Just last month, Russia blocked the messaging application Telegram by way of restricting access to about 15.8 million belonging to Amazon and Google’s cloud platforms. This meant that not only was Telegram banned, but a number of other websites using these hosting services were caught up in the crossfire as well. Now Iran is blocking Telegram as well, but it doesn’t appear it will turn out as messy as it did in Russia. Iran isn’t going to be blocking IP addresses, rather the installing of the application.
Without blocking IP addresses, it’s a wonder just how well Telegram can actually be blocked in the country from its 40 million users. Iran has been pushing the closed-source, state-owned Soroush messaging application, which citizens fear may be spying on its users. What’s more, some of its built-in stickers and emoji are less than tasteful. One example is a woman carrying a sign which says “Death to America.” In order to block free competitors (like Telegram), the National Cyberspace Center of Iran withdrew Telegram’s license to operate in the country. Not only that, judiciary website Mizan quoted a court order saying, “All Internet providers in Iran must take steps to block Telegram’s website and app as of April 30.” It’s unknown to what extent it will be blocked, and if other websites will be caught in the crossfire in the future just like in Russia, but the ban comes just days after government officials were also barred from using it.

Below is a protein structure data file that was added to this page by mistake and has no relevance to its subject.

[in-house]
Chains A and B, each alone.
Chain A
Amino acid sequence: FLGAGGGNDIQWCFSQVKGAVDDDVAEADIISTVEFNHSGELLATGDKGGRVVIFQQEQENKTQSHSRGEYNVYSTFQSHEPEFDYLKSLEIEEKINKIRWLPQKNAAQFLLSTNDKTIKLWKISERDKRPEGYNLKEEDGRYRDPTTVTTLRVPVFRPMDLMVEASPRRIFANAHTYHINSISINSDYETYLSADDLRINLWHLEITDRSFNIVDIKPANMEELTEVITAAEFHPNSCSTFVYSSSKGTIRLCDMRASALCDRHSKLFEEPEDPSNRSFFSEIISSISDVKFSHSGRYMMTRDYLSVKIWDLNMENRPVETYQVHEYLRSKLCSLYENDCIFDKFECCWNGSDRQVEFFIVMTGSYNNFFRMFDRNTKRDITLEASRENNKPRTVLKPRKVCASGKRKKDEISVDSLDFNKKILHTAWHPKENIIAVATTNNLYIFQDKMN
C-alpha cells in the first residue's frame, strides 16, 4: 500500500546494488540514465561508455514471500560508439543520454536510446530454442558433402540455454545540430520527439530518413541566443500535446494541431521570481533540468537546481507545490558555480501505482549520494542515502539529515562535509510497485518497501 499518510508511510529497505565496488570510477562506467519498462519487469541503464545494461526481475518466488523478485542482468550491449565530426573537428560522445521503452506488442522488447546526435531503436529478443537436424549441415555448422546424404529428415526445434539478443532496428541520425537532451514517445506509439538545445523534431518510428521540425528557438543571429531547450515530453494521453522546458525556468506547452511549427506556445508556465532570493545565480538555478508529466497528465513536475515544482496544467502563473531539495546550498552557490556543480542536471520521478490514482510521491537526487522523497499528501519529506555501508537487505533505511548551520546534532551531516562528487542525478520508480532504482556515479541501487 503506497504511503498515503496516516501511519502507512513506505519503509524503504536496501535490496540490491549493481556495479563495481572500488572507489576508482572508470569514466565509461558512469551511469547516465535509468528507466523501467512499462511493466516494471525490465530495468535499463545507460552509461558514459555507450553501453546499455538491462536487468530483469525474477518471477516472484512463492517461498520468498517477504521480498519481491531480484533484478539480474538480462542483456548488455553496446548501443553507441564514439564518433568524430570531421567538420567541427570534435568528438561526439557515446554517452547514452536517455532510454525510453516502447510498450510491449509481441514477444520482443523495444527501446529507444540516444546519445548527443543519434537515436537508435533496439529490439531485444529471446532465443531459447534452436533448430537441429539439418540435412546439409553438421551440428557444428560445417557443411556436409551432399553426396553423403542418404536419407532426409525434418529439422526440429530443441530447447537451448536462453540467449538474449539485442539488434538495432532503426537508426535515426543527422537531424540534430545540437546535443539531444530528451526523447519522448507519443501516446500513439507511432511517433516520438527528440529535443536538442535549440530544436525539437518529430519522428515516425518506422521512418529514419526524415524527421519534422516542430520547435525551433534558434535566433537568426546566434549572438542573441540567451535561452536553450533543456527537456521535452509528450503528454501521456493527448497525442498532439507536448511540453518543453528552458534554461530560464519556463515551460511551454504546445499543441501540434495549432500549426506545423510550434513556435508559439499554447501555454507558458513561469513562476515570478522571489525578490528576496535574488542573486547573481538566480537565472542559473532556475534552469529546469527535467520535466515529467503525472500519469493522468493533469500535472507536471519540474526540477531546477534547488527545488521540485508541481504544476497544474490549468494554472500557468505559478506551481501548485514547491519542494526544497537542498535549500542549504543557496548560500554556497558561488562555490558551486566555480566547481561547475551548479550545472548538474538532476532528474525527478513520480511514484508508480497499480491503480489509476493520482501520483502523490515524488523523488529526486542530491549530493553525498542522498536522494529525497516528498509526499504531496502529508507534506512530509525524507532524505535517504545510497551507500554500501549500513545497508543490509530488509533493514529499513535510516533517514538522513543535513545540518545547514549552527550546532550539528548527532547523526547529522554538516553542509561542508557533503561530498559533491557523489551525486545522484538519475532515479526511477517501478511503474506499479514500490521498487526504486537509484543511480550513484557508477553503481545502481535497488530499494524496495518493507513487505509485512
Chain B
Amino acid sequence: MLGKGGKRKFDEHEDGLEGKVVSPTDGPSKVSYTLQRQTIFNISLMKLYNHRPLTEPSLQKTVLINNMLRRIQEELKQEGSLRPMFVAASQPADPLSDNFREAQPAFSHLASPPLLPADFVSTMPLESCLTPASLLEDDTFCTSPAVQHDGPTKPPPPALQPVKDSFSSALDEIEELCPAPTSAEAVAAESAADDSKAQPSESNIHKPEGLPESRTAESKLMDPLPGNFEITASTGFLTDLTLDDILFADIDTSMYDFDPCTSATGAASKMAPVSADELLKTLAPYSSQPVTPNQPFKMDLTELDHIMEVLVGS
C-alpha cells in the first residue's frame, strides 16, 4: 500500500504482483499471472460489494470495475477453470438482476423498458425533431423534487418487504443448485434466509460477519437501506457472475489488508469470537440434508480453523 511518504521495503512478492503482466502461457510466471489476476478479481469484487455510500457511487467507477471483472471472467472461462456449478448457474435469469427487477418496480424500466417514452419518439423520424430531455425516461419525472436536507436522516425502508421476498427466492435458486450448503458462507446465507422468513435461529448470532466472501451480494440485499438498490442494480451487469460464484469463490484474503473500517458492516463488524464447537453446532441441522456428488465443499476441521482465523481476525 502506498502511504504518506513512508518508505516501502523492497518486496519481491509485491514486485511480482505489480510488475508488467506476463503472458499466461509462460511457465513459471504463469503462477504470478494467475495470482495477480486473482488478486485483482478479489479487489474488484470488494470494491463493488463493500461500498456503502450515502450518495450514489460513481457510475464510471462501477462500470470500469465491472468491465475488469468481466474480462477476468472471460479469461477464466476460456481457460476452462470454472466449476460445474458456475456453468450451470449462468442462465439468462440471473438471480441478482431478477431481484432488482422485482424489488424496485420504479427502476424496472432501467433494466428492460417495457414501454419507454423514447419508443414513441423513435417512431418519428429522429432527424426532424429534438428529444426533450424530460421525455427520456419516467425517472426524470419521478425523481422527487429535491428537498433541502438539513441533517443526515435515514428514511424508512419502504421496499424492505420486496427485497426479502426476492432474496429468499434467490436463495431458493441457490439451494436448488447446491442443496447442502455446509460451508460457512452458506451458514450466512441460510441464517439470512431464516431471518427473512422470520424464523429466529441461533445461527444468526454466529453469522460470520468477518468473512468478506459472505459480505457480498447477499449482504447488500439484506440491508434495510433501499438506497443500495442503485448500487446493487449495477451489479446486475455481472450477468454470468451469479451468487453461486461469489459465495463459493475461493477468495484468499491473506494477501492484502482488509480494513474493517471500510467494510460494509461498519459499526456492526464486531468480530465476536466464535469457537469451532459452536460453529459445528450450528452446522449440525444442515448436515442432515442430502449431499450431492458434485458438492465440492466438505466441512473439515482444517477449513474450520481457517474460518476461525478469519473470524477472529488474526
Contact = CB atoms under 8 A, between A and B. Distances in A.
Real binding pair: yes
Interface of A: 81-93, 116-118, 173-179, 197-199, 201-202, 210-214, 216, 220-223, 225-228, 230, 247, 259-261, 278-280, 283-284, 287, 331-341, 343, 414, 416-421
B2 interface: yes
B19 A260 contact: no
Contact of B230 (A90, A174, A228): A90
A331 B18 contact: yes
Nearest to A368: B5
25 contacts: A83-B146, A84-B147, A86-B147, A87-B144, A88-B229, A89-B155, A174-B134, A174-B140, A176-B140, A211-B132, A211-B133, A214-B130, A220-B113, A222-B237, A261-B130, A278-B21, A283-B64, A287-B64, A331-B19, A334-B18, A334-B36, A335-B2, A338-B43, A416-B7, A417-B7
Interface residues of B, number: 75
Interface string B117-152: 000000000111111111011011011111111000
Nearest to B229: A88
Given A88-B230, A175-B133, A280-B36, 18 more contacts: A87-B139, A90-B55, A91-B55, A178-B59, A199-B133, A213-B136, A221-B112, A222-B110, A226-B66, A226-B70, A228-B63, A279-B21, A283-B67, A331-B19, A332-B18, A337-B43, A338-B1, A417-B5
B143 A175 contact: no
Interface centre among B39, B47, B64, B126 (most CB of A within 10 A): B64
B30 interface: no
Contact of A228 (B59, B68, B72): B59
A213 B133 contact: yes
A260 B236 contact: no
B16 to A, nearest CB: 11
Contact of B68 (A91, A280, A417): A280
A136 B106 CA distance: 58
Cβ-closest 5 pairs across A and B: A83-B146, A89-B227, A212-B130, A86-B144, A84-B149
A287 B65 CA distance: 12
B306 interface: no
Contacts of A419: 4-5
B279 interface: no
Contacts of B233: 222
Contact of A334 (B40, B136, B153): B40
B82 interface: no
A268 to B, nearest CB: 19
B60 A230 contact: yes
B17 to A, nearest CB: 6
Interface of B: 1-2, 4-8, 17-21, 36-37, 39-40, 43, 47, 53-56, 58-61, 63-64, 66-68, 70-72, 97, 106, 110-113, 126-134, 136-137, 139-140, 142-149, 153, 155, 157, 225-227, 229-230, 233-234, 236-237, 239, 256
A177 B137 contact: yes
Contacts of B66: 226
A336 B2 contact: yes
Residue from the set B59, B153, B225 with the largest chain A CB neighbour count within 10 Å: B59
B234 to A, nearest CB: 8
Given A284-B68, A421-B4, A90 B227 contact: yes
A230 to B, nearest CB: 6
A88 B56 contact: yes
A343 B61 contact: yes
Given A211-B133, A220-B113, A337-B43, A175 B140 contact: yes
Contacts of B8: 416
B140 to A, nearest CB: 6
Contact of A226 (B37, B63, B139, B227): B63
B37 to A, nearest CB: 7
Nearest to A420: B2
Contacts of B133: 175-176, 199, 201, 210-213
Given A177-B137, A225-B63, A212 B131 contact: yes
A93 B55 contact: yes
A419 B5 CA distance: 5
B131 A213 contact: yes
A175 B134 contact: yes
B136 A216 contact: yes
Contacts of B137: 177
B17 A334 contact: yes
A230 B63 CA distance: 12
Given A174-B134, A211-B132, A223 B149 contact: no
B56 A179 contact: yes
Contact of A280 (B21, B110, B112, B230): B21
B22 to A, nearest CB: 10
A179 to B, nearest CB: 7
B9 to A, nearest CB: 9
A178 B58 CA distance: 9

This isn’t the first time Iran has banned a social media platform. Earlier this year Iran temporarily banned both the aforementioned messaging application and Instagram, citing that they were doing so to “maintain peace” after they were used extensively to communicate during anti-government protests. They were later unblocked after the protests had died down. For now, users should still be able to install the application through a VPN and use it safely, but it’s unknown how the ban will change over time.